Cytochrome P4502B6 and 2C9 do not metabolize midazolam: kinetic analysis and inhibition study with monoclonal antibodies.
We determined the contribution of cytochrome P450 (CYP) isoforms to the metabolism of midazolam by kinetic analysis of human liver microsomes and CYP isoforms and by examining the effect of chemical inhibitors and monoclonal antibodies against CYP isoforms in vitro. Midazolam was metabolized to 1'-hydroxymidazolam (1'-OH MDZ) by human liver microsomes with a Michaelis-Menten constant (Km) of 4.1 (1.0) (mean (SD)) micromol litre(-1) and a maximum rate of metabolism (Vmax) of 5.5 (1.1) nmol min(-1) mg protein(-1) (n = 6). Of the nine representative human liver CYP isoforms, CYP1A2, 2A6, 2B6, 2C9, 2C19, 2D6, 2E1, 3A4 and 3A5, three (CYP2B6, 3A4 and 3A5) showed midazolam 1'-hydroxylation activity, with Kms of 40.7, 1.7 and 3.0 micromol litre(-1), respectively, and Vmax values of 12.0, 3.3 and 13.2 nmol min(-1) nmol P450(-1), respectively (n = 4). Midazolam 1'-hydroxylation activity of human liver microsomes correlated significantly with testosterone 6beta-hydroxylation activity, a marker of CYP3A activity (r2 = 0.77, P = 0.0001), but not with S-mephenytoin N-demethylation activity, a marker of CYP2B6 activity (r2 < 0.01, P = 0.84) (n = 11). Troleandomycin and orphenadrine, chemical inhibitors of CYP isoforms, inhibited the formation of 1'-OH MDZ by human liver microsomes. Monoclonal antibody against CYP3A4 inhibited the formation of 1'-OH MDZ by 79%, whereas monoclonal antibody against CYP2B6 had no effect on midazolam 1'-hydroxylation by human liver microsomes (n = 5). These results indicate that only CYP3A4, but not CYP2B6 or CYP2C, is involved in the metabolism of midazolam in vitro. (+info)
Upregulation of cytochromes P450 2B in rat liver by orphenadrine.
1 The alkylamine drug orphenadrine (ORPH) is an inducer and inhibitor of the microsomal cytochrome P450 (CYP) system in mammals. This study evaluated the selectivity of CYP induction by ORPH in rat liver. 2 Immunoblot analysis indicated that ORPH was a selective inducer of the phenobarbitone (PB)-inducible CYP2B in rat liver. CYP2B protein was increased to approximately 14-fold of levels in untreated rat liver. By comparison PB increased CYP2B expression 40-fold. Corresponding increases in the activity of CYP2B-dependent androstenedione 16beta-hydroxylation were measured in microsomes from ORPH and PB-induced rats. 3 Northern analysis indicated that CYP2B1/2 mRNA was increased in ORPH-induced rat liver. Consistent with this finding, ORPH was found to activate a PB-responsive enhancer module in constitutive androstane receptor (CAR)-transfected Hep G2 cells. 4 Other alkylamines like troleandomycin impair CYP turnover. We tested whether ORPH induction of CYP2B may include a post-translational component. In PB-pretreated animals ORPH administration delayed the loss of CYP2B after PB withdrawal, but no evidence for altered turnover was found. 5 These studies establish ORPH as a selective inducer of CYP2B in rat liver. Induction appears to be mediated pretranslationally by CAR activation of CYP2B gene transcription. Post-translational stabilisation by an ORPH metabolite does not elicit induction. Induction of CYP2B may influence pharmacokinetic interactions involving ORPH. (+info)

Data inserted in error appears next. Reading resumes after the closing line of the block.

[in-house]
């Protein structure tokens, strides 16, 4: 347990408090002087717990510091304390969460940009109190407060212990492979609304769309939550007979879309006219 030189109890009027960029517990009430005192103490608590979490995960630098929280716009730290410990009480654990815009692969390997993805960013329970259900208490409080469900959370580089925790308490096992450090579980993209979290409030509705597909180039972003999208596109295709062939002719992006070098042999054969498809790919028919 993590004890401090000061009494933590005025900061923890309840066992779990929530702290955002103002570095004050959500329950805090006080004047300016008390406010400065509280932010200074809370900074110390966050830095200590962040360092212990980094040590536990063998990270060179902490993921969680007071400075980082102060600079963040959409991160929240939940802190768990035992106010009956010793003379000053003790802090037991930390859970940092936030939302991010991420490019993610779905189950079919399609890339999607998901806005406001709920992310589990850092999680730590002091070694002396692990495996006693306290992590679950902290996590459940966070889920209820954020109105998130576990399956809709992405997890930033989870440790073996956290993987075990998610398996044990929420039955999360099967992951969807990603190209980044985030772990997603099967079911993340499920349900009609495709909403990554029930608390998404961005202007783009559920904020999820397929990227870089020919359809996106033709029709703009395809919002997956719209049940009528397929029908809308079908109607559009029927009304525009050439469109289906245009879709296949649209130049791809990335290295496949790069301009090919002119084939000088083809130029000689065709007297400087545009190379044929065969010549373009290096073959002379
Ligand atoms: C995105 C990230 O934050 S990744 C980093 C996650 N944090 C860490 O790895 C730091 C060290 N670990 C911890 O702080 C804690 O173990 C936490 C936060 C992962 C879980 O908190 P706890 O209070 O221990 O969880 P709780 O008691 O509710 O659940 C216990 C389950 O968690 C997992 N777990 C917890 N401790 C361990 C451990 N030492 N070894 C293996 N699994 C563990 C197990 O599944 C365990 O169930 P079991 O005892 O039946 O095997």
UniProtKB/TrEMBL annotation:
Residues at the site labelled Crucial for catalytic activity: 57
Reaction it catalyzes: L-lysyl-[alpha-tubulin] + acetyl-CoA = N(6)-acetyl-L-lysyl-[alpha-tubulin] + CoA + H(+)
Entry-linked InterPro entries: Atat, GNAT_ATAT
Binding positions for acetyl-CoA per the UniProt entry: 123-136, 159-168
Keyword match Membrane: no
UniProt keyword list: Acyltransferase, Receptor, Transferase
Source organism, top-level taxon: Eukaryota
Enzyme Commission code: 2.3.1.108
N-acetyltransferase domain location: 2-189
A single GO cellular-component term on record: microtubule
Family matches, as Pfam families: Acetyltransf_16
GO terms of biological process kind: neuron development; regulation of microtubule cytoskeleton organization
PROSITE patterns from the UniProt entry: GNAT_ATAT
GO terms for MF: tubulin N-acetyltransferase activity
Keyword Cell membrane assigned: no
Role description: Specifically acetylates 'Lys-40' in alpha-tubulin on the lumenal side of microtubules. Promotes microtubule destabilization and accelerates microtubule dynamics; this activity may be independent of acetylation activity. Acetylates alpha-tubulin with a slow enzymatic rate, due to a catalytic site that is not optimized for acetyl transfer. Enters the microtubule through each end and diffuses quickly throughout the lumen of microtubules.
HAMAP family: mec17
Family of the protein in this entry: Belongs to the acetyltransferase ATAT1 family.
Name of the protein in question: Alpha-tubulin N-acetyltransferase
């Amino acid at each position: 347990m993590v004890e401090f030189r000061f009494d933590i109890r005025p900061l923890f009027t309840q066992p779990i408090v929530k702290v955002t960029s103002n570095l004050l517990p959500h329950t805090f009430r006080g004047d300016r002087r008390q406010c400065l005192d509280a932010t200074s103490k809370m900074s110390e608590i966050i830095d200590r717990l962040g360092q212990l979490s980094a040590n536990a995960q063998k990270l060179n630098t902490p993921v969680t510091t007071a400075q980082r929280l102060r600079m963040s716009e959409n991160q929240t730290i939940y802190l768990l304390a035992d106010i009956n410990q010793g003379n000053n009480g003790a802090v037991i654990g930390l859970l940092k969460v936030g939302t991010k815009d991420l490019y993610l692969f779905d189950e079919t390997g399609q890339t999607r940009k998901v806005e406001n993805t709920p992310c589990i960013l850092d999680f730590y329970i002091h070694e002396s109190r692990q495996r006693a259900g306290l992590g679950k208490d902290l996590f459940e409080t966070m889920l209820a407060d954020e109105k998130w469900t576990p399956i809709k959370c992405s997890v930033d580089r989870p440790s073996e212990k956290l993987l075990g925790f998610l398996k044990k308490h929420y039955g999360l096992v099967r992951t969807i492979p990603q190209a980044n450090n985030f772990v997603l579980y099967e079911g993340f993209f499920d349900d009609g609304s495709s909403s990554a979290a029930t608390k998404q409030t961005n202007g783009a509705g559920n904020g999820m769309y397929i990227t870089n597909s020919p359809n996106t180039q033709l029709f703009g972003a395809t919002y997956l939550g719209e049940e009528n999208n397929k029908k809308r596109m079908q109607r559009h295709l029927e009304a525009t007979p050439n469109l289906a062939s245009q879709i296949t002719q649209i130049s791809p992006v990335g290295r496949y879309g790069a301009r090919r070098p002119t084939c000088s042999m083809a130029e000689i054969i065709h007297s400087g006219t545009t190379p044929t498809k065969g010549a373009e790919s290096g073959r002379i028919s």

Inhibition by cations of antagonist binding to histamine H1-receptors: differential effect of sodium ions on the binding of two radioligands.
1. Measurements have been made of the inhibition by mono- and divalent cations of the binding of [3H]-(+)-N-methyl-4-methyldiphenhydramine ([3H]-QMDP) to histamine H1-receptors in homogenates of guinea-pig cerebellum. 2. The binding of [3H]-QMDP was inhibited by monovalent cations with an order of potency Li+ = Na+ greater than K+ greater than Cs+ = Rb+. The IC50 for Li+ was 39 mM, but that for K+ was 132 mM. Hill coefficients for inhibition curves for Li+ and Na+ were less than 1. 3. Divalent cations also inhibited the binding of [3H]-QMDP. The most potent cations examined were Hg2+, Cd2+ and Zn2+, with IC50 values of 5, 17 and 41 microM, respectively. Ca2+ and Mg2+ were relatively weak inhibitors (IC50 12 and 34 mM, respectively). The potency of Ni2+, Co2+ and Mn2+ was intermediate between these groups. Hill coefficients for inhibition curves for Hg2+, Cd2+ and Zn2+ were greater than 1, but Hill coefficients for the other cations were less than 1. 4. Both mono- and divalent cations also inhibited the binding of [3H]-mepyramine. The divalent cations were approximately equipotent in inhibiting the binding of [3H]-QMDP and [3H]-mepyramine. The same was true for Li+. However, Na+ was markedly more effective against [3H]-QMDP binding than against the binding of [3H]-mepyramine. 5. The effect of 40 mM Li+ on the parameters of binding of [3H]-mepyramine was to increase the best-fit value of the concentration giving half-maximal binding EC50, by approximately 2 fold without having any significant effect on the maximum amount of binding. Cd2+ (15 microM) caused both an increase in EC 0 and a decrease in Bmax (32 +/- 4% inhibition). Na+, 100 mm, had no significant effect on either EC50 or Bmax for [3H]-mepyramine binding. (+info)